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A Billion Here, A Billion There

Remember when a billion dollars still seemed like a lot of money? Neither does anybody else. Consider: A newspaper revered …

Remember when a billion dollars still seemed like a lot of money? Neither does anybody else. Consider: A newspaper revered for its ability to articulate the deepest concerns of the American people reported that the government’s controversial TARP program could result in massive losses to taxpayers as a result of financial legerdemain. The putatively terrifying story, appearing under the headline “TARP Said To Be Ripe For Fraud,” warned that the government’s attempt to rescue the
financial system could result in thievery costing taxpayers “tens of billions of dollars.”

The story didn’t even make page one.

And why should it? With a trilliondollar deficit, a $787 billion economic stimulus package, following fast on the heels of an earlier $700 billion bank bailout, and now reports of a $2.3 trillion shortfall in the budget a few years hence, not to mention a possible $250 billion hit to the commercial real estate sector, who’s going to get excited about a minuscule tens of billions of dollars in losses stemming from fraud? Pundits like to cite the famous quip attributed to Everett
Dirksen, “A billion dollars here, a billion dollars there, and pretty soon you’re talking real money,” but this wisecrack is no longer relevant, much less true. No matter how many billions you string together in an era of multitrillion-dollar deficits, bailouts and budgets, you can’t come up with a number that would make anyone turn their head. A billion dollars is no longer real money. It’s chump change.

You can see this by looking at earnings reports buried in the largely unread pages of the newspaper. A short while ago, Dow Chemical posted a $1.55 billion fourth-quarter loss. Once upon a time this would have been front-page, hold-the-presses news. No more. Today, $1.55 billion seems like pocket money. Same thing when Intel announced that it would take a $950 million write-off to account for the declining value of its investment in Clearwire. At this point, $950 million is starting to look like a rounding error. I’m surprised Intel even bothered to report it. And on the subject of chicken feed, how about when Cablevision announced that it was returning to the junk-bond market to raise $500 million? It did so, in part, to allay investor concerns about the $11.2 billion in outstanding debt the firm has on the books, including $1.7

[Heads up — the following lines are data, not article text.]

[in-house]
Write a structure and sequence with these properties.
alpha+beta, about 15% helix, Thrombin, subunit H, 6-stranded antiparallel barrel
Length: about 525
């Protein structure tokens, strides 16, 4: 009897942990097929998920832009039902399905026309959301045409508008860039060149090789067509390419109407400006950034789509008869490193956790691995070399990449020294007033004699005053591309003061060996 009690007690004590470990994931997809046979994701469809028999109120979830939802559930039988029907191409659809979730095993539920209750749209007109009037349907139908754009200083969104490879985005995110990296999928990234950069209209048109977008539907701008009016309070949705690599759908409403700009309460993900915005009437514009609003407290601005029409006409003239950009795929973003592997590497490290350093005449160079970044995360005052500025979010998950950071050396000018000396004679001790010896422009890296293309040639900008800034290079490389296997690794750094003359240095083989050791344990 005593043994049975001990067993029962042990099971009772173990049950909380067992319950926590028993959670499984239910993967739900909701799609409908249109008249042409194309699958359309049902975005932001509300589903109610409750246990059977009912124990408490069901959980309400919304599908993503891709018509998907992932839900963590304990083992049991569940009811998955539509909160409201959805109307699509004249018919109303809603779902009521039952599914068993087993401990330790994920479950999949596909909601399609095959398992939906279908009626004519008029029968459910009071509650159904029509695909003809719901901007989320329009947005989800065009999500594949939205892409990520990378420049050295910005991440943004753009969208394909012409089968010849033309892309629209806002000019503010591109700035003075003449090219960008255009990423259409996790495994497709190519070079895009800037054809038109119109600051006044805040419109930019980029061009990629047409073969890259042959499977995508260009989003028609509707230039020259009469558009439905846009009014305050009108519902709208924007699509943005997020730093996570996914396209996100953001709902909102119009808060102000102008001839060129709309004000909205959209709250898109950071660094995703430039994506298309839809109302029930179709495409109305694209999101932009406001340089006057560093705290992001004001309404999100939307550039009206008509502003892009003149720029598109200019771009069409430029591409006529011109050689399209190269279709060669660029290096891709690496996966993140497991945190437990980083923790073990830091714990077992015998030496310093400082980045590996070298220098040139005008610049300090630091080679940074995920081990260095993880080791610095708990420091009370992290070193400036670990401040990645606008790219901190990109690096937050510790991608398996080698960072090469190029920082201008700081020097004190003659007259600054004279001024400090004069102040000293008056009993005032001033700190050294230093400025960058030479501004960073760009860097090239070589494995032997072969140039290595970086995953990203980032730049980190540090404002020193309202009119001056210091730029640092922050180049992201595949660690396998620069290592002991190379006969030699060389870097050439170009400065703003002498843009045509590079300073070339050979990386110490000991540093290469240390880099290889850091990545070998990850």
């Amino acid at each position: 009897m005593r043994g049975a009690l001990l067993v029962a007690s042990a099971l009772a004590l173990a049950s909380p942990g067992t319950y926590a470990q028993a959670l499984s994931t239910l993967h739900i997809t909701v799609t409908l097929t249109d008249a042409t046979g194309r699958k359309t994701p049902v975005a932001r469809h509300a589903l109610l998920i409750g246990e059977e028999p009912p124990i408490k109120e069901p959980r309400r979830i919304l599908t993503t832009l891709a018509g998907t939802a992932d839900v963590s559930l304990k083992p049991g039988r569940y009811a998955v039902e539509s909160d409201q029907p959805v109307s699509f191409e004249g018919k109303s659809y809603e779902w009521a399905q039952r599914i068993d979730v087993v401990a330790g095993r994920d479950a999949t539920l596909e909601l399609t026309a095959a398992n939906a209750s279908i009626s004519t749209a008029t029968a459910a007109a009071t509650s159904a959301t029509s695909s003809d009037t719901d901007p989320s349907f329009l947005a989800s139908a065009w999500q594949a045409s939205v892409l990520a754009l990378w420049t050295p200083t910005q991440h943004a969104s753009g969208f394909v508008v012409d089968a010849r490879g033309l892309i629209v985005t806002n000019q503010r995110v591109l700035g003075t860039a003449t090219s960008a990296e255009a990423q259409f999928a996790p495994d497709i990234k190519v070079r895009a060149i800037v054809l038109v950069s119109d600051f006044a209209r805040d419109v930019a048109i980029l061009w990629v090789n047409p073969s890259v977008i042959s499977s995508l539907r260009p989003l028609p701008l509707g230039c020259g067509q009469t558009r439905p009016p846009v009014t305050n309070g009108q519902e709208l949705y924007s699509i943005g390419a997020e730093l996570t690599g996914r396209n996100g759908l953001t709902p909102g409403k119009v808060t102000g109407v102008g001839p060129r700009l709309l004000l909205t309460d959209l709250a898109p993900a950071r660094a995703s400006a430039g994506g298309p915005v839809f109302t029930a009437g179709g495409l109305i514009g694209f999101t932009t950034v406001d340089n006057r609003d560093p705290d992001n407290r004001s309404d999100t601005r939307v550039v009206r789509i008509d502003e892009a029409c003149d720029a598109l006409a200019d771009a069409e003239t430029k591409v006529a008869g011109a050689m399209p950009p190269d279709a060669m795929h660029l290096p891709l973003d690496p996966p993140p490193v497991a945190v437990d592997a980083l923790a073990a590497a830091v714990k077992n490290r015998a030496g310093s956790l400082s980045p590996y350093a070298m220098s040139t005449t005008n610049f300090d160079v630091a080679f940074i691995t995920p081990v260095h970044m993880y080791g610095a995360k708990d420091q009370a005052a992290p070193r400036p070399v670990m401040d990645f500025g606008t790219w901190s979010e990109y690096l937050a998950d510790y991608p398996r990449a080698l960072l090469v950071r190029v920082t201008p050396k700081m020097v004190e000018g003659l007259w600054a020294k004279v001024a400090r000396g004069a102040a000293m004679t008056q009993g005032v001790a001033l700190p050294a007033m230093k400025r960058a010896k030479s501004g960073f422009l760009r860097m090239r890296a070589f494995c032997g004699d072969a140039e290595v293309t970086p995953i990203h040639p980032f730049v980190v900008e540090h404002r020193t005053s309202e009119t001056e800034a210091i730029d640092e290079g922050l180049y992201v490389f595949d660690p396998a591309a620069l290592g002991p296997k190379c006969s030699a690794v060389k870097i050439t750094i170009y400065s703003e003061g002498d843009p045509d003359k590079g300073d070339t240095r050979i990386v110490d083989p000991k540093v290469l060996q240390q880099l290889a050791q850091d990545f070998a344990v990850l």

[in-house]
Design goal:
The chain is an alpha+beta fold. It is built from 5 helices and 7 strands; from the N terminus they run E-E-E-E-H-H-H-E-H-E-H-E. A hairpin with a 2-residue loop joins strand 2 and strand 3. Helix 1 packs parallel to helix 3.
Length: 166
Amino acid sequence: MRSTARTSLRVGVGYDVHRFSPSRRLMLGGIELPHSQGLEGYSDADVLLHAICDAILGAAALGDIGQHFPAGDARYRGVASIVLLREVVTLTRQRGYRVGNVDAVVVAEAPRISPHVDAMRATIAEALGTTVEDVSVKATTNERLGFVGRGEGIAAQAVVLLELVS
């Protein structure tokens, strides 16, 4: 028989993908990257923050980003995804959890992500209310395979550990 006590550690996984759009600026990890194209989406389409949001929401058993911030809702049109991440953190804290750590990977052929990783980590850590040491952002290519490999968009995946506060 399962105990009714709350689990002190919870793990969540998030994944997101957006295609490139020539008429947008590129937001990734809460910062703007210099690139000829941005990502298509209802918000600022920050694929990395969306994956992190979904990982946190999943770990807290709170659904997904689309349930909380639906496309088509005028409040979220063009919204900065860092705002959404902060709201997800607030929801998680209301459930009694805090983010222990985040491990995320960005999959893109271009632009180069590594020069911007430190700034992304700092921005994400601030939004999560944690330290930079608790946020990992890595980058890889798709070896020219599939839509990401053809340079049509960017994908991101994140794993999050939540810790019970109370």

billion that comes due in 2009. Wait a minute! Investors are concerned about a paltry, itsy-bitsy $1.7 billion in debt? What are they? Ninnies? Wimps? Tightwads? Skinflints?

Foreign countries trying to play in the big leagues look foolish when they throw numbers around. A good example is when the French government announced that it would give $8.4 billion in low-interest loans to Renault SA and PSA Peugeot-Citroën in exchange for promises that the companies would refrain from laying off workers or shuttering factories, at
least while the funding lasts. Mon dieu, how is a piddling $8.4 billion going to make much of a difference one way or another? Why not step up to the plate and try something muscular like, I don’t know, $175 billion? Meanwhile, Latvia, whose government collapsed earlier this year, accepted a $9.6 billion bailout from a group headed by the International
Monetary Fund. In other words, an entire country’s price tag for a bailout was just half what GM and Chrysler asked for last December to tide them over until spring. Talk about cheesy.

And then there’s the subject of good will. Not long ago, Gannett announced that it would take a $5.9 billion goodwill write-down after reporting a huge drop in operating earnings. In days gone by, this announcement would have been
greeted with hooting and hollering by investors. No more. After all, all we’re talking about here is $5.9 billion,
not $576 billion. That’s pin money. These days, a billion is the new million. Big is the new small. And small is beautiful

About Joe Queenan

Joe Queenan is a regular contributor on business issues, corporate culture, and financial follies to Barron's and The Wall Street Journal.